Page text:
Attendants start at a base wage of $8.00/hour, with automatic $.50 raises at six months and one year. They receive brief training from the manager before starting work. Custom service specialists start at $9.00/hour, with $.50 raises after six months and one year. Neither attendants nor custom service specialists receive performance reviews. Managers receive a salary of $27,000, plus an annual merit raise based on a very casual performance review conducted by Wally (whenever he gets around to it). All attendants share equally in a customer tip pool; custom service specialists receive individual tips. The benefits package is composed of the following: (1) major medical health insurance with a 20% employee co-pay on the premium, (2) paid holidays for Christmas, Easter, July 4, and Martin Luther King Jr.s birthday, and (3) a generous paid sick-pay plan of two days per month (in recognition of high illness rates due to extreme working conditions).
In terms of turnover, Wally has spotty and general data only. In the past year WWW experienced an overall turnover rate of 65% for attendants and 20% for custom service specialists; no managers left the company. Though lacking data further back, Wally thinks the turnover rate for attendants has been increasing. WWWs managers constantly complain to Wally about the high level of turnover among attendants and the problems it creates, especially in fulfilling the strong customer service orientation for WWW. Though the managers have not conducted exit interviews, the major complaints they hear from attendants are (1) the pay is not competitive relative to the other full-service car washes and many other entry-level jobs in the area, (2) the training is hit-or-miss at best, (3) promotion opportunities are limited, (4) managers provide no feedback or coaching, and (5) customer complaints and mistreatment of attendants by customers are on the rise.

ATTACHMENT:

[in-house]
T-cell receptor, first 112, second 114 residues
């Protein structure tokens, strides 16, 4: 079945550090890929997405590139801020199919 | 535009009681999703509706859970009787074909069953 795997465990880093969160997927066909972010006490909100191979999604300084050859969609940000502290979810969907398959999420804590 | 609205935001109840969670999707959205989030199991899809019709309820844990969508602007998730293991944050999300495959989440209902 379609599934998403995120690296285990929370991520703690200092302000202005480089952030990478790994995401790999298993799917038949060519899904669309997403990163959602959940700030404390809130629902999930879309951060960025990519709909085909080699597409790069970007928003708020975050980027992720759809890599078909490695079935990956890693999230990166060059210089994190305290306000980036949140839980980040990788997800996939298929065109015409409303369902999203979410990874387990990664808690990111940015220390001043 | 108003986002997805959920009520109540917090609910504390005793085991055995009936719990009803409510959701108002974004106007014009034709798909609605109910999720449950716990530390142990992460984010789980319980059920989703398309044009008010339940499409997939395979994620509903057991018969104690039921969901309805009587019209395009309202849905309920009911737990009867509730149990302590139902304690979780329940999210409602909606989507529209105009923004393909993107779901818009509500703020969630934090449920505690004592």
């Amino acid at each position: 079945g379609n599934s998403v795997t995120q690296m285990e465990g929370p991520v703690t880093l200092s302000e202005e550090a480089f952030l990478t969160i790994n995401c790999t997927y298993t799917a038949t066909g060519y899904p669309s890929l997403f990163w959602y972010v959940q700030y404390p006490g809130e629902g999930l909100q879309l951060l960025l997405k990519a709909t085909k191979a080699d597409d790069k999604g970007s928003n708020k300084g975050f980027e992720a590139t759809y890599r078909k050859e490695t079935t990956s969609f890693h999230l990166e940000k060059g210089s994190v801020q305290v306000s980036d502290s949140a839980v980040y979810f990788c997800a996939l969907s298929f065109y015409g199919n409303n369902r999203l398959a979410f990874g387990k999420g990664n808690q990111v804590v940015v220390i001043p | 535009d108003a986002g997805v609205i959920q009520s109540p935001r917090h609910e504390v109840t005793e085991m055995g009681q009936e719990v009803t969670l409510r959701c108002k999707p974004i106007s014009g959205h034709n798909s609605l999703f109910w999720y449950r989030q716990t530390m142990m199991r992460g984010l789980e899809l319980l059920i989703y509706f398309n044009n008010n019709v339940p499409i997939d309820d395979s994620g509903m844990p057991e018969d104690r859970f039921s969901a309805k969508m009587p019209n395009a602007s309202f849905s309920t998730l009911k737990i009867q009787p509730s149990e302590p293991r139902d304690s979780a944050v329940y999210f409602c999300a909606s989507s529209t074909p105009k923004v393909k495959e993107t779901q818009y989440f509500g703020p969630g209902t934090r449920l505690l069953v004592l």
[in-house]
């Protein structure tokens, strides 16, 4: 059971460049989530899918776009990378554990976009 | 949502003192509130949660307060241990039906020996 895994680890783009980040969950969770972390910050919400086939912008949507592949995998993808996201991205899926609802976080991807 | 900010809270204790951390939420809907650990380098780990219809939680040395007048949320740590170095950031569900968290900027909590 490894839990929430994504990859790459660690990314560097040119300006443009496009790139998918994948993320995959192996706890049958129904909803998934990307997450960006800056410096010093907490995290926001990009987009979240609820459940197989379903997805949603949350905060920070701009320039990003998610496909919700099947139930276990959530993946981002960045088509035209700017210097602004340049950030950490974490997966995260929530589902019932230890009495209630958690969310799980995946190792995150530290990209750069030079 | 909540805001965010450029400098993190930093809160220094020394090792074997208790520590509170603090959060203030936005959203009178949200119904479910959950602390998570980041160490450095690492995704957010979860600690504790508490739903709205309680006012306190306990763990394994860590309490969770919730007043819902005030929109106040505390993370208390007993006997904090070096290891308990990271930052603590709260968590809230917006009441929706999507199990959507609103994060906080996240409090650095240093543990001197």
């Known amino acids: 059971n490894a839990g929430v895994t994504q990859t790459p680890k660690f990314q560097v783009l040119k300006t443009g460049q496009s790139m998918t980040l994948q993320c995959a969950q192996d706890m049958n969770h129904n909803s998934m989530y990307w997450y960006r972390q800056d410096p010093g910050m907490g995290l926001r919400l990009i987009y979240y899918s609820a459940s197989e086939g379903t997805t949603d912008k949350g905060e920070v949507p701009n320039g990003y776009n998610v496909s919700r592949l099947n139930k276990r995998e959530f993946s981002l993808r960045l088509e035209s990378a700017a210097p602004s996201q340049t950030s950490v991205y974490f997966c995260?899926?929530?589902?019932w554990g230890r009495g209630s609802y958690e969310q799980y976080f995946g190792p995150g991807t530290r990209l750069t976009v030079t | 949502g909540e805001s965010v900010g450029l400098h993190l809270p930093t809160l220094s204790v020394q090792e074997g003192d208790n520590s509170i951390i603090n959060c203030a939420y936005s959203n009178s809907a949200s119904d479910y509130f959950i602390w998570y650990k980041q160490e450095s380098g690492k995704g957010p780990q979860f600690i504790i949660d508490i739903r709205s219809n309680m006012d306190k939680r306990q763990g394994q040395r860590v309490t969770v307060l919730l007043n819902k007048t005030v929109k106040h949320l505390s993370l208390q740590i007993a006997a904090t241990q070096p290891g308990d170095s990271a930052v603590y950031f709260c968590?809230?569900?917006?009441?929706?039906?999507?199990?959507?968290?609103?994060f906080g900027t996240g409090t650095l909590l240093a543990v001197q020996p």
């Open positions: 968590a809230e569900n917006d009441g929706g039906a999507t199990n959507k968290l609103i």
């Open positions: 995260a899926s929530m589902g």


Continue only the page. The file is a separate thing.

Wally is frustrated by attendant turnover and its threat to his customer service and expansion strategies. He calls on you for assistance in figuring out what to do about the problem. Use the decision process shown in Exhibit 14.11 to help develop a retention initiative for WWW. Address each of the questions in the process:”

Exhibit 14.11 (attached) provides a suggested decision process that can help organizations navigate the complex trade-offs inherent in developing retention initiatives.
The first questionDo we think turnover is a problem?requires the consideration and analysis of several types of data. The organization must judge whether turnover rates are increasing and/or high relative to internal and external benchmarks such as industry or direct competitor data. Managers complaining about retention problems, high-value employees leaving, and demographic disparities among those who leave are important signals that actions to reduce turnover are needed. The final analysis should involve the type of cost/benefit analysis described earlier. Even though turnover may be high, it is only a problem if its costs are judged to exceed its benefits in the final analysis.

Question 1. Do we think turnover is a problem?

Question 2. How might we attack the problem?

Question 3. What do we need to decide?

Question 4. How should we evaluate the initiatives?